“Blood Quantum” stars Michael Greyeyes as the leader of sorts on the fictional Red Crow Rez, an arguable safe grounds sought by anyone not-yet-infected by zombies. The clincher of the films’ premise is that the local Native/First Nation’s population is immune to the zombie’s bite.
Sounds like a fantastic premise right? It is to me, but don’t get too excited. Being immune to a virus certainly doesn’t mean a potential victim is immune to being ripped to shreds by zombies that can sprint without exhaustion, and at the same time run about as fast as Billy Mills in his heyday.
In this case of an upsetting zombie apocalypse, I liken this status of being immune much like being awarded a golden-gilded dog turd.
Read my review below.
A note about my #NativeNerd scoring system
When reviewing movies, I employ the decimal system to a tenth of a point. So instead of 7 stars, I might give a 7.4 out of ten. Some movies aren’t an eight but deserve a little more than a seven.
So that’s that.
10 out of 10
My quick quote: “This gory flesh-ripping bloodfest is one of the best zombie apocalypse movies I have ever seen. In this case, “the gift” of Indigenous peoples’ immunity is about as valuable as a golden-gilded dog turd.”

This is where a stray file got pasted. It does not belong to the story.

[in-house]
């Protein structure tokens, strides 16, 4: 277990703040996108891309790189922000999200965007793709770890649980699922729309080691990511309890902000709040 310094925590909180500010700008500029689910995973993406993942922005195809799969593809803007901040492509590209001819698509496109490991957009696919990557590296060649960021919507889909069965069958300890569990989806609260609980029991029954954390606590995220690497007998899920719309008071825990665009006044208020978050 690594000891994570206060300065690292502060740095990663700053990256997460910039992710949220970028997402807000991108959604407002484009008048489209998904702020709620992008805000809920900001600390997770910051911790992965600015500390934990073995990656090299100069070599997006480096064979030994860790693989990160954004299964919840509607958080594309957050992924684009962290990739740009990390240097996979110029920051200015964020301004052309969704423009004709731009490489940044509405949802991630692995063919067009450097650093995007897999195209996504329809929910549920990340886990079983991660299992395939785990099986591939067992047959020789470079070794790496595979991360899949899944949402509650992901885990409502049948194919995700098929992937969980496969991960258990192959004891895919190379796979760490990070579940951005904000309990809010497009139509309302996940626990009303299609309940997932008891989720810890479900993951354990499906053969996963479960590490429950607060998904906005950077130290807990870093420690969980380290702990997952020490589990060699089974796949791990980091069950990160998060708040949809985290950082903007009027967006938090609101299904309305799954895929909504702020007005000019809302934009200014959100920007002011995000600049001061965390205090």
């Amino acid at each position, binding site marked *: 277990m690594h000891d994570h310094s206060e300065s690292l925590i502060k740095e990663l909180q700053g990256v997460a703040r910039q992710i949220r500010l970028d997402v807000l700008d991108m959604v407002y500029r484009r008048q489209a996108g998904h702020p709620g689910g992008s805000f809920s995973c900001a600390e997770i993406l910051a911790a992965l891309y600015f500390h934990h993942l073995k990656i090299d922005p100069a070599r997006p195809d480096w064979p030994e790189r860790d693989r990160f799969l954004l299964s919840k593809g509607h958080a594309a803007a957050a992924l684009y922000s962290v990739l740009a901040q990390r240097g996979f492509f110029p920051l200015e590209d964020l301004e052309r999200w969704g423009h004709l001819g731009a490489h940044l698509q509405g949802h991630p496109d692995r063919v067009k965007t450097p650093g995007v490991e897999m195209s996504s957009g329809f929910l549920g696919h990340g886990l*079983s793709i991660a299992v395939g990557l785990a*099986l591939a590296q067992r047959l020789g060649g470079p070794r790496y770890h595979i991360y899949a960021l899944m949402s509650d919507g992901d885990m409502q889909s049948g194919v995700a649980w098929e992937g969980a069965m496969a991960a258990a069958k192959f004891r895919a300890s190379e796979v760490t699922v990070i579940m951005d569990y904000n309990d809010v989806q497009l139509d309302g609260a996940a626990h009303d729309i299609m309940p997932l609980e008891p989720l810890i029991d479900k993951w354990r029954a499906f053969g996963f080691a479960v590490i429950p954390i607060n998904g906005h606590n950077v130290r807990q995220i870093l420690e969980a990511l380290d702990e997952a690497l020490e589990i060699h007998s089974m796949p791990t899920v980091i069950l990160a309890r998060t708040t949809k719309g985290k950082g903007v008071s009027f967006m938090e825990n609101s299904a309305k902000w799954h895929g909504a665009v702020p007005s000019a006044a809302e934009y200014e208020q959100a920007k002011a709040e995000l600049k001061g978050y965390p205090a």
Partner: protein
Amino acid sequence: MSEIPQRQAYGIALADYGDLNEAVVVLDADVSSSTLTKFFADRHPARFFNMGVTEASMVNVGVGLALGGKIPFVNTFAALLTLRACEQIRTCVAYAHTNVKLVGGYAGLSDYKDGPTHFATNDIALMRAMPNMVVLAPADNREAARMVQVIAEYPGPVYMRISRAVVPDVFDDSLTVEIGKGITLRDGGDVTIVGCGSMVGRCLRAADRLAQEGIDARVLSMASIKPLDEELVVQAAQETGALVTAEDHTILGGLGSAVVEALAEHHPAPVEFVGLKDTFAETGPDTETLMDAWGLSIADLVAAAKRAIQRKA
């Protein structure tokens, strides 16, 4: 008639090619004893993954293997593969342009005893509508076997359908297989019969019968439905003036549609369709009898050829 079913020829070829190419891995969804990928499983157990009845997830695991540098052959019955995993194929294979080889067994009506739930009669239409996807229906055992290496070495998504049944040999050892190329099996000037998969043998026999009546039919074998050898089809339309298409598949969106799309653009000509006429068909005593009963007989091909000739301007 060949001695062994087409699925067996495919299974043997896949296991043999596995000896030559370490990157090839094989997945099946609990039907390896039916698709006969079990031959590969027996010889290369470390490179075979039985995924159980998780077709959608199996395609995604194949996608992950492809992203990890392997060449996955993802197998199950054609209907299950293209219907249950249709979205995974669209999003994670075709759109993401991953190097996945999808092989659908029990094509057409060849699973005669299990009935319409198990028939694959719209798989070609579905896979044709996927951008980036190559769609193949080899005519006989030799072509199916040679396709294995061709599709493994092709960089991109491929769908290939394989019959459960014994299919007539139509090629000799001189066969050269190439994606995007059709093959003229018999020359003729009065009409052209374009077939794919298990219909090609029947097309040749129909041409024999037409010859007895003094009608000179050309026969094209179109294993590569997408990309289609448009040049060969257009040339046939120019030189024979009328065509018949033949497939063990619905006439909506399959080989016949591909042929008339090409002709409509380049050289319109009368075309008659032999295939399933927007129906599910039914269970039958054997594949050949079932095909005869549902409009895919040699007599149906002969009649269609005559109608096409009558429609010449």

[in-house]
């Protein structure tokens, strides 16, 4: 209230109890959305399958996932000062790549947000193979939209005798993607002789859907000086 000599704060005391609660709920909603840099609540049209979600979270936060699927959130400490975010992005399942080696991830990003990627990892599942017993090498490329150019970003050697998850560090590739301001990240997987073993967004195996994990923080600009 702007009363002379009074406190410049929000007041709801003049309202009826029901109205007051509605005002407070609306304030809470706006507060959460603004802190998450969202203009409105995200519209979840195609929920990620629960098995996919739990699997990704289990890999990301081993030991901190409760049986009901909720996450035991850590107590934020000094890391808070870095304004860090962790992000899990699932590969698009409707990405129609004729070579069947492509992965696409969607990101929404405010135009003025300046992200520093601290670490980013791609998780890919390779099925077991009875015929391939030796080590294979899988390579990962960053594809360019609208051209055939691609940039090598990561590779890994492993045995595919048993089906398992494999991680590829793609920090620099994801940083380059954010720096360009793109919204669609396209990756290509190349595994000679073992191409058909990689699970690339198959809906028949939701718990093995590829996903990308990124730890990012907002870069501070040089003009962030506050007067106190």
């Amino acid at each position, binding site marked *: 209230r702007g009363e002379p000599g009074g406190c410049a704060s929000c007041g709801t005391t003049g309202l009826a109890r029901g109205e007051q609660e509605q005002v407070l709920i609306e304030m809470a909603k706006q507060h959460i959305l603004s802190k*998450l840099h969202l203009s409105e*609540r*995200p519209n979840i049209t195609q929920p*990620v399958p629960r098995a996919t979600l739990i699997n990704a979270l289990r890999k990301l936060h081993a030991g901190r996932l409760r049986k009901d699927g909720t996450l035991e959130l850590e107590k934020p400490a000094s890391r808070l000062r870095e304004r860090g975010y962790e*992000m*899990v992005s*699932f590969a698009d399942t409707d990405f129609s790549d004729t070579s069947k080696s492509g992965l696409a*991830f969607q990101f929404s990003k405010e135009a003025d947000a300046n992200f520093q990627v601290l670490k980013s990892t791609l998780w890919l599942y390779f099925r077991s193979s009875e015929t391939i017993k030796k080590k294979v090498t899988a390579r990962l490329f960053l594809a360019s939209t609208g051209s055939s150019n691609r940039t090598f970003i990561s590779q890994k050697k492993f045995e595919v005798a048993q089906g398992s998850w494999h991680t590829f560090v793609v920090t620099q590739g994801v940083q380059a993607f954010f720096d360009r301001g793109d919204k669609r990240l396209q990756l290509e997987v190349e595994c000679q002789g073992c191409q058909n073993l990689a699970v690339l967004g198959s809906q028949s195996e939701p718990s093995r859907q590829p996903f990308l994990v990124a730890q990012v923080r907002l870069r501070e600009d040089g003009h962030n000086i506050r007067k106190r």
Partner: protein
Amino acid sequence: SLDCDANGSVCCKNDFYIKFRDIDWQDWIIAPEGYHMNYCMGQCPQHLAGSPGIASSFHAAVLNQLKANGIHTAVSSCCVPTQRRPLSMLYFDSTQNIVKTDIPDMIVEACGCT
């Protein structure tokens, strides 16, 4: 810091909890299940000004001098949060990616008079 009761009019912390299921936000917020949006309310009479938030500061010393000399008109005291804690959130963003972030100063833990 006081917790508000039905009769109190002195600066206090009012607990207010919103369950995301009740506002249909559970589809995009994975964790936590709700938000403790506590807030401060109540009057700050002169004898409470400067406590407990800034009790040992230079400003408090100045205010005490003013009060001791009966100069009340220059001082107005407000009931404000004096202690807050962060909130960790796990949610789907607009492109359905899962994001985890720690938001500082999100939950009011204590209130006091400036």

Synopsis: (This extensive plot summary — written by the folks at the Toronto Independent Film Festival, was extracted from the “Blood Quantum” IMDb movie page.)
The term "blood quantum" refers to a colonial blood measurement system that is used to determine an individual's Indigenous status, and is criticized as a tool of control and erasure of Indigenous peoples. The words take on even more provocative implications as the title of Jeff Barnaby's sophomore feature, which grimly depicts an apocalyptic scenario wherein an isolated "Mi'gmaq" community discover they are the only humans immune to a zombie plague.
As the citizens of surrounding cities flee to the "Mi'gmaq" reserve in search of refuge from the outbreak, the community must reckon with whether to let the outsiders in - and thus risk not just the extinction of their tribe but of humanity, period. The severe and scathing portrait of post-colonial Indigenous life and culture that Barnaby previously captured in the acclaimed Rhymes for Young Ghouls here deftly collides with the iconography and violent hyperbole typical of the zombie genre.
The Undead are spectacularly and gruesomely dispatched via samurai swords, chainsaws, shotguns, and makeshift axes, while the living—a terrific ensemble cast led by Michael Greyeyes (Woman Walks Ahead and Fear the Walking Dead)—endure the paranoid pressures that such dire straits foment.